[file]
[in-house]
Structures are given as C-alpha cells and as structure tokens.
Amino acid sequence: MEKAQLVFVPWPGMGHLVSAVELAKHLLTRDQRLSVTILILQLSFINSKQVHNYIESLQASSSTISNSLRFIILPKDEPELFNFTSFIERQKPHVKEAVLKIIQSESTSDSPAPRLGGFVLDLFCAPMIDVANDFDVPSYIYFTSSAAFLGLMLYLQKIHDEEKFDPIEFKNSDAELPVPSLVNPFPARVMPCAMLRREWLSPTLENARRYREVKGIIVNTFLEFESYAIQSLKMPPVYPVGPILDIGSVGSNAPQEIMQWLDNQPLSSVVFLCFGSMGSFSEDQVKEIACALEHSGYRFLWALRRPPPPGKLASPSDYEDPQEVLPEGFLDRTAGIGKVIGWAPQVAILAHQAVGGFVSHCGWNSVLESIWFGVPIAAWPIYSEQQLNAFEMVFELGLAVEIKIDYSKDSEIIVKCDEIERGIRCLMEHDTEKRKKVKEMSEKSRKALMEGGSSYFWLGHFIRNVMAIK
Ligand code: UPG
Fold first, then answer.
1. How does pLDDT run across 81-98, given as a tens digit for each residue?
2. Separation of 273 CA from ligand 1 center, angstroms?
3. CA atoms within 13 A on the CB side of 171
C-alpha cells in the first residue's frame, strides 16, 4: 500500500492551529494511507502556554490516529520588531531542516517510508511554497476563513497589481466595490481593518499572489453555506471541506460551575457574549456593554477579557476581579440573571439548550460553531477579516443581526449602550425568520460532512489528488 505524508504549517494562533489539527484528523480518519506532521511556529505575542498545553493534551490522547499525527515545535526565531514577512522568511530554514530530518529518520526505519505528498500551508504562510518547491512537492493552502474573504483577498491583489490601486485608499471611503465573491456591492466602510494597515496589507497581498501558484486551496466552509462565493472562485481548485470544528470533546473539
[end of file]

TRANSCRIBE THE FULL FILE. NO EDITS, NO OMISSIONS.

[in-house]
Structures are given as C-alpha cells and as structure tokens.
Amino acid sequence: MEKAQLVFVPWPGMGHLVSAVELAKHLLTRDQRLSVTILILQLSFINSKQVHNYIESLQASSSTISNSLRFIILPKDEPELFNFTSFIERQKPHVKEAVLKIIQSESTSDSPAPRLGGFVLDLFCAPMIDVANDFDVPSYIYFTSSAAFLGLMLYLQKIHDEEKFDPIEFKNSDAELPVPSLVNPFPARVMPCAMLRREWLSPTLENARRYREVKGIIVNTFLEFESYAIQSLKMPPVYPVGPILDIGSVGSNAPQEIMQWLDNQPLSSVVFLCFGSMGSFSEDQVKEIACALEHSGYRFLWALRRPPPPGKLASPSDYEDPQEVLPEGFLDRTAGIGKVIGWAPQVAILAHQAVGGFVSHCGWNSVLESIWFGVPIAAWPIYSEQQLNAFEMVFELGLAVEIKIDYSKDSEIIVKCDEIERGIRCLMEHDTEKRKKVKEMSEKSRKALMEGGSSYFWLGHFIRNVMAIK
Ligand code: UPG
Fold first, then answer.
1. How does pLDDT run across 81-98, given as a tens digit for each residue?
2. Separation of 273 CA from ligand 1 center, angstroms?
3. CA atoms within 13 A on the CB side of 171
C-alpha cells in the first residue's frame, strides 16, 4: 500500500492551529494511507502556554490516529520588531531542516517510508511554497476563513497589481466595490481593518499572489453555506471541506460551575457574549456593554477579557476581579440573571439548550460553531477579516443581526449602550425568520460532512489528488 505524508504549517494562533489539527484528523480518519506532521511556529505575542498545553493534551490522547499525527515545535526565531514577512522568511530554514530530518529518520526505519505528498500551508504562510518547491512537492493552502474573504483577498491583489490601486485608499471611503465573491456591492466602510494597515496589507497581498501558484486551496466552509462565493472562485481548485470544528470533546473539